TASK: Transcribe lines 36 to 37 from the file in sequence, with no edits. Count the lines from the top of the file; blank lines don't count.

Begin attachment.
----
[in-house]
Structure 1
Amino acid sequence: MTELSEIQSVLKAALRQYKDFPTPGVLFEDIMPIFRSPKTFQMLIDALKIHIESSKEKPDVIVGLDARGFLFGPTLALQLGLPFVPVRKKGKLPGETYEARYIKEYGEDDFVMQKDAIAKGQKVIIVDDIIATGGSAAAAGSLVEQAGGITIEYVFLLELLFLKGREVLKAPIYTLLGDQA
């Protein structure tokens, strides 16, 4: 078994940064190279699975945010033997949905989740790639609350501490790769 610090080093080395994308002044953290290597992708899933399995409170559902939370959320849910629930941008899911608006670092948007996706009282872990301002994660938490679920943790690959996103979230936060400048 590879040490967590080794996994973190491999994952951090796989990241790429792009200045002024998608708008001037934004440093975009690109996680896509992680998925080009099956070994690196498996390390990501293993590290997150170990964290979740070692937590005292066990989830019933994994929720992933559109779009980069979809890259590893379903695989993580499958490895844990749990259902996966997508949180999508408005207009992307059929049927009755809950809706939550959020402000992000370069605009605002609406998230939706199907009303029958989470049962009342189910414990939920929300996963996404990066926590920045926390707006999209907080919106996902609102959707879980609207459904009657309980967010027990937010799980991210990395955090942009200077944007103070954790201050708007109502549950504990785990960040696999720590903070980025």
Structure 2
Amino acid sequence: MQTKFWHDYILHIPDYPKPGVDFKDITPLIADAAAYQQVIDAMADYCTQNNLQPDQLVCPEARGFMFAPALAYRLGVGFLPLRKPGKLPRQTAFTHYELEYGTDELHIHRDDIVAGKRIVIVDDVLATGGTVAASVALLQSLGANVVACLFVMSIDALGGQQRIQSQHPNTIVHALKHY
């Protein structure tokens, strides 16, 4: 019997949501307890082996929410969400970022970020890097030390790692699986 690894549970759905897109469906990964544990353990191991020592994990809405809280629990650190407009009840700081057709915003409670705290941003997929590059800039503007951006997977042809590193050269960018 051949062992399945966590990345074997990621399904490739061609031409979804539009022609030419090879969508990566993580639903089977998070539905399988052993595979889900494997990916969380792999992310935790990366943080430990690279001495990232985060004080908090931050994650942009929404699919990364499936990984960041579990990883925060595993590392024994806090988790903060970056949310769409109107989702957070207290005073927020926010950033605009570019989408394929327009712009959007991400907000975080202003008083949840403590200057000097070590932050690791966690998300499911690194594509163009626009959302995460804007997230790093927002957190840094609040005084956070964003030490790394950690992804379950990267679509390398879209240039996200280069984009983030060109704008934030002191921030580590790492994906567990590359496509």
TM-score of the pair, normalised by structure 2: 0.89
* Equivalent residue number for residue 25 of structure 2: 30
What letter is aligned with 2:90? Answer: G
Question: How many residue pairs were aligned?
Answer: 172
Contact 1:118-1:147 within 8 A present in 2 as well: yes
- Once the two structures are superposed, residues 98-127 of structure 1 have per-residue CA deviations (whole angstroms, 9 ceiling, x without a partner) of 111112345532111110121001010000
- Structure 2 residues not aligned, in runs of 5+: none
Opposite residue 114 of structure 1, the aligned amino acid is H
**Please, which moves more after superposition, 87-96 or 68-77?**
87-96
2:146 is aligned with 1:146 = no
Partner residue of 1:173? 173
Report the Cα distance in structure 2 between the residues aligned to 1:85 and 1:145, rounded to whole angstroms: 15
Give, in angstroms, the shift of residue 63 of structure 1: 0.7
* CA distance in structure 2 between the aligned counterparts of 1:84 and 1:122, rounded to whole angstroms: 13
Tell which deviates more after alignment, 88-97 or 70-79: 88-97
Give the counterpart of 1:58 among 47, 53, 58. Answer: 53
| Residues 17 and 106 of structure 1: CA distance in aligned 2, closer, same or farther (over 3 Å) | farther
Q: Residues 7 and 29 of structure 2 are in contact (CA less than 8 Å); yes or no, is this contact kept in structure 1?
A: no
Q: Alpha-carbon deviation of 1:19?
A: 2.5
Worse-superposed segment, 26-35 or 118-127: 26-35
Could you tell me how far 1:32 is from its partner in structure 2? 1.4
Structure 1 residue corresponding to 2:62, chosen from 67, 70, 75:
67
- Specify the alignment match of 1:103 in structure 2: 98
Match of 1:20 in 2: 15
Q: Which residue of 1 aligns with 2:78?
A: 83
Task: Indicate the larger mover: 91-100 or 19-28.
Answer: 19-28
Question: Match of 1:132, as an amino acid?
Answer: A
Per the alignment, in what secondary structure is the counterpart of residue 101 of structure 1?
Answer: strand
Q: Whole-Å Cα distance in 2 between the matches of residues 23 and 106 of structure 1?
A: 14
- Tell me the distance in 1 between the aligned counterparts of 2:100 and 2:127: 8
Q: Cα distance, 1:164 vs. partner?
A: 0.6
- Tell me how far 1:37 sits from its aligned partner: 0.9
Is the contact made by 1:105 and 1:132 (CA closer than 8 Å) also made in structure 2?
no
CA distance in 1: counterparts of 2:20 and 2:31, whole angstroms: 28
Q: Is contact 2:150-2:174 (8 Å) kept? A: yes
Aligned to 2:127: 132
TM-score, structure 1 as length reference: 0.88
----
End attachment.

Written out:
Match of 1:20 in 2: 15
Q: Which residue of 1 aligns with 2:78?